ZipCharge Go is a suitcase-size powerbank for EVs

·2 min read

ZipCharge has launched a new type of charging product for EVs that might be able to convince people worried about range anxiety to switch from gas vehicles. The British startup has introduced a powerbank for EVs called ZipCharge Go at the Cop26 climate summit. It's about the size of a suitcase and weighs around 50 pounds — plus, it has wheels and a retractable handle, so users can put it in their trunk and easily take it out when they need to charge.

According to the company, the Go can provide up 20 miles of range after being plugged into the car for 30 minutes. A higher capacity version will be able to provide an EV up to 40 miles of range. The device works with any plug-in hybrid or EV with a Type 2 socket, and it can charge that vehicle to its full capacity between 30 minutes to an hour. Charging up the device itself is as easy as plugging it into any socket, and users will be able to control and monitor it through an app, where they can schedule future charges during off-peak hours for cheaper costs.

While range anxiety is becoming less of an issue these days, it's still keepingthose on the fence from making the leap. A company called Gogoro developedhot-swappable battery technology for scooters to address the problem, but batteries in electric cars typically can't be swapped out. SparkCharge has a portable EV charging system called the Roadie, but it's not nearly as easy to carry around as the Go.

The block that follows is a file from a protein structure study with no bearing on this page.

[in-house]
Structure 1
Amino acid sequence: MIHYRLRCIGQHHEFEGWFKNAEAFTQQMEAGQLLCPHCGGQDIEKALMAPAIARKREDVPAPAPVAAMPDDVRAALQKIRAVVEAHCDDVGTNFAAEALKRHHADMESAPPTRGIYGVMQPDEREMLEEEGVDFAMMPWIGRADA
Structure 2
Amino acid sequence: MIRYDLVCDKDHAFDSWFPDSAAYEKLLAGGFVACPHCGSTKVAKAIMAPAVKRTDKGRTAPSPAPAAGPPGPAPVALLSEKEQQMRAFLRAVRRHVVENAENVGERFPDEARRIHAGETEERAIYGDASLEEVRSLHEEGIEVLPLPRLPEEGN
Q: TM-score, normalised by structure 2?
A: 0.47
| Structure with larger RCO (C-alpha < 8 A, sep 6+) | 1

That said, the ZipCharge Go isn't available yet. According to InsideEVs, the startup plans to release a 4 kWh and an 8 kWh version, as well as to start deliveries in the fourth quarter of 2022. It can be leased for at least £49 (US$67) per month, though it will also be available for purchase to EV owners who don't mind paying for one and to businesses like hotels that don't have installed charging facilities. While ZipCharge has yet to reveal a price for it, The Sunday Times Driving section says the company aims to sell it for around the same cost as a 7.2kW home charging port installation.

Editor's note: This article originally appeared on Engadget.

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